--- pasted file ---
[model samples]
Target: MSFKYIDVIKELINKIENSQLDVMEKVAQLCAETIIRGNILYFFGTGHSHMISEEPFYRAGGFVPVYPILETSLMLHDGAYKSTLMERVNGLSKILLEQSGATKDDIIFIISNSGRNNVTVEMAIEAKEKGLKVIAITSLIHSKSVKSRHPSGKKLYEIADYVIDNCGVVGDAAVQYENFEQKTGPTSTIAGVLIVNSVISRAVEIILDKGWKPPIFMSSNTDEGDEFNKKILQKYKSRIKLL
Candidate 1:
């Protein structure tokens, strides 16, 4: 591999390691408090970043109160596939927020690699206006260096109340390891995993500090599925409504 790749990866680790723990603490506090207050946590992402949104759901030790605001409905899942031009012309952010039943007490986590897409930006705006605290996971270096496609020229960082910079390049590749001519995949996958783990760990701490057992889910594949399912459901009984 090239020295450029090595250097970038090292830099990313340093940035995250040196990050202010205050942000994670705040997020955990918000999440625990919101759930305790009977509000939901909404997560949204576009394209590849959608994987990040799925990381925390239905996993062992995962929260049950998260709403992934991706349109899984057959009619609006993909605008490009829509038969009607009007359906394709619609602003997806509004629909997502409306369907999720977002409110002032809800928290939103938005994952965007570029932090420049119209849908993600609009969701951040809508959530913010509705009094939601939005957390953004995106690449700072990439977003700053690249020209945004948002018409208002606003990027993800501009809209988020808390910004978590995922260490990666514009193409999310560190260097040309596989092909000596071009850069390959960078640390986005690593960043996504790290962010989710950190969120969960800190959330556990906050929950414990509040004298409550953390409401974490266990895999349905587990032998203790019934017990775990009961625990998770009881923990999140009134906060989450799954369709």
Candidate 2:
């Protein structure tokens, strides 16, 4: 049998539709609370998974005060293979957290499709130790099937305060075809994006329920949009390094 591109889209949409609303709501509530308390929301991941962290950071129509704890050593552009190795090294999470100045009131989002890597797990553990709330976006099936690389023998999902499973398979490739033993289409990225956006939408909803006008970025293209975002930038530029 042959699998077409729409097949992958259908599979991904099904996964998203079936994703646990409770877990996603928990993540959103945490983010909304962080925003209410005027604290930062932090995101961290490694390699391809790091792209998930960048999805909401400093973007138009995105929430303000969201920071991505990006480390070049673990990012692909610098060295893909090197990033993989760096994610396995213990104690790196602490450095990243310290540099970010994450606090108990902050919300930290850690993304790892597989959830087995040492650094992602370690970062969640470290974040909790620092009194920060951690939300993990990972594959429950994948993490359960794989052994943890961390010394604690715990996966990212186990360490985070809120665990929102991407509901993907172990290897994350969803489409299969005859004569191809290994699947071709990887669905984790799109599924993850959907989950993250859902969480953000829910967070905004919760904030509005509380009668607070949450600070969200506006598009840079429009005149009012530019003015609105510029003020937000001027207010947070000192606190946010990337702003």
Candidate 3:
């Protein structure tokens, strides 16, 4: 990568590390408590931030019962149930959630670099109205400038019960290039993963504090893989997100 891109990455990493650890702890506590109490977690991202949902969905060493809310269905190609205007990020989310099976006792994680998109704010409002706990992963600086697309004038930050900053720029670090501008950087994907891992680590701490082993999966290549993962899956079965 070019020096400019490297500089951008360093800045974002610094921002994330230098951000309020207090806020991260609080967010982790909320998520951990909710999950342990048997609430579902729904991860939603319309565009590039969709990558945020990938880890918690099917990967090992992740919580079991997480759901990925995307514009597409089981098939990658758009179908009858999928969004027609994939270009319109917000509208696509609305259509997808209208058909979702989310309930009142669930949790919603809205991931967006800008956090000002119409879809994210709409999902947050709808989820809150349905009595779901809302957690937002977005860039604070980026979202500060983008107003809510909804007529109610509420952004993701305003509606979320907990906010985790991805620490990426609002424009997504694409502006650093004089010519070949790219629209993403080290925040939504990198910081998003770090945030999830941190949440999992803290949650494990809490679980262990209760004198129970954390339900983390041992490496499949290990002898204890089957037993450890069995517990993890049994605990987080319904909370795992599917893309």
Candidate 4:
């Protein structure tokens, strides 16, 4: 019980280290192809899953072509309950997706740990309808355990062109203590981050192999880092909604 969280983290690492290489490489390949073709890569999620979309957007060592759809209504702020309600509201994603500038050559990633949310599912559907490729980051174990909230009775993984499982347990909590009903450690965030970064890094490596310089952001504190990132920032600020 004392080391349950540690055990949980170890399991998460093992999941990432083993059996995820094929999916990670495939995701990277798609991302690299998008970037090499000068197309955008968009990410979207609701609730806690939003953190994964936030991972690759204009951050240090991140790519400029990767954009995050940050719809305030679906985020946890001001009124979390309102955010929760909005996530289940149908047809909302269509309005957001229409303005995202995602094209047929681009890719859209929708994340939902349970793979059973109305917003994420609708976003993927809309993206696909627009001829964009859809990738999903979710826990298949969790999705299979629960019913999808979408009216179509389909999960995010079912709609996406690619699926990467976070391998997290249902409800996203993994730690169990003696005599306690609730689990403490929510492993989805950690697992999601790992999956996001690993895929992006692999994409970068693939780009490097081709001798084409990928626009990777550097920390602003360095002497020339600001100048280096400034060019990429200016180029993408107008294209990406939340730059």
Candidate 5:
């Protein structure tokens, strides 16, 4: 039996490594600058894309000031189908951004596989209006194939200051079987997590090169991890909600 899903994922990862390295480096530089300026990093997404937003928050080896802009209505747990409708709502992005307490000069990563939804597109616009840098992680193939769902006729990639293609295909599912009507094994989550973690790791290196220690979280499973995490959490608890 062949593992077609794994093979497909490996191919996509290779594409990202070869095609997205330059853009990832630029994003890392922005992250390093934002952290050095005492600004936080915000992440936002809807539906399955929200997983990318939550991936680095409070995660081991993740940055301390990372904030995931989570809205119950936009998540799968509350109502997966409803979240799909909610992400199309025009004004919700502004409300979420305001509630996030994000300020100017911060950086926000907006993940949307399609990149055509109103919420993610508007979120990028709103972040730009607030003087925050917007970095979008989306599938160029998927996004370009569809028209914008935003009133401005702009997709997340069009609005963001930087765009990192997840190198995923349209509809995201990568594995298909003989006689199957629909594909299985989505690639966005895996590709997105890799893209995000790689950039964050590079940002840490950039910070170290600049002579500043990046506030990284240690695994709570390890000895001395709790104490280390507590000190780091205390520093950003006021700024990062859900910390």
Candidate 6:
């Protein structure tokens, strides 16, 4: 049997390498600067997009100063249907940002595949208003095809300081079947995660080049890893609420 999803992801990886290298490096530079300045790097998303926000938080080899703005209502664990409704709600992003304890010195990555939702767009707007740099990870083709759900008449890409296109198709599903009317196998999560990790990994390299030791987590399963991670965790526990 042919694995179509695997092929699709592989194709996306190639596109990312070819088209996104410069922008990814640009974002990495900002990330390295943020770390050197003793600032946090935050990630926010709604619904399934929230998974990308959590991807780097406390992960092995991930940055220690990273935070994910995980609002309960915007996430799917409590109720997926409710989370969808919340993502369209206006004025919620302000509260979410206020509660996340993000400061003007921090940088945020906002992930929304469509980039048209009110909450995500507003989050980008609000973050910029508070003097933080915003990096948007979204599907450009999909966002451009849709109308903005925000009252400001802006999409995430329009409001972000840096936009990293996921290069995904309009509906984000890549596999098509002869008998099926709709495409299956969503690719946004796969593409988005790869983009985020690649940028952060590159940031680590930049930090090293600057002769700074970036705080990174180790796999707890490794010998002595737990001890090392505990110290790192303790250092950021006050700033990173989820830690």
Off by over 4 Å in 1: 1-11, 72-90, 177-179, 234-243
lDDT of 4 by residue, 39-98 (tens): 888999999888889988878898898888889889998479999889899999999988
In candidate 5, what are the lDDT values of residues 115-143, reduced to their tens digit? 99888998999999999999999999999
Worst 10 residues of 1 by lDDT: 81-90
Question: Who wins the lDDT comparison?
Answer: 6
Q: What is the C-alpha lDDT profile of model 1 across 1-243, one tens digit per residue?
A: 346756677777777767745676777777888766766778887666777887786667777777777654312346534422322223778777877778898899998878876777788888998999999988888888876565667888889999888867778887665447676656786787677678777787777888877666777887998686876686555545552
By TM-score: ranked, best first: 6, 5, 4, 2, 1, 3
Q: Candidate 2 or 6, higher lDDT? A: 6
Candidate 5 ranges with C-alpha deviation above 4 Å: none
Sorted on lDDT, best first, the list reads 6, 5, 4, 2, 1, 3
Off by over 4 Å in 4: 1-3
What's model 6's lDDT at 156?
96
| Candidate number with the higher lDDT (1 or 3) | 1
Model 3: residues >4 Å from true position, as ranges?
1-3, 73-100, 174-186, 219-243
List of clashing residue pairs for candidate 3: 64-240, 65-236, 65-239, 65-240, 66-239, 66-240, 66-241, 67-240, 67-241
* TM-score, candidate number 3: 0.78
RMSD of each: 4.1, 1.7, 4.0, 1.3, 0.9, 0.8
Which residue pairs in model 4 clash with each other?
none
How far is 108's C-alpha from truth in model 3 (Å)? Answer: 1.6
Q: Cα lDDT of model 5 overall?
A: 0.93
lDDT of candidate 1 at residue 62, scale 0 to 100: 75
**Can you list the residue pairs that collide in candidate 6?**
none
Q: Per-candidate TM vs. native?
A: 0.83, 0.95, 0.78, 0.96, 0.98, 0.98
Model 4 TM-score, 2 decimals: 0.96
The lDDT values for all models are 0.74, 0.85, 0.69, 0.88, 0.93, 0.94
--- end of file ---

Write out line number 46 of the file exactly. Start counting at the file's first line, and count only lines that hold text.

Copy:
Model 4 TM-score, 2 decimals: 0.96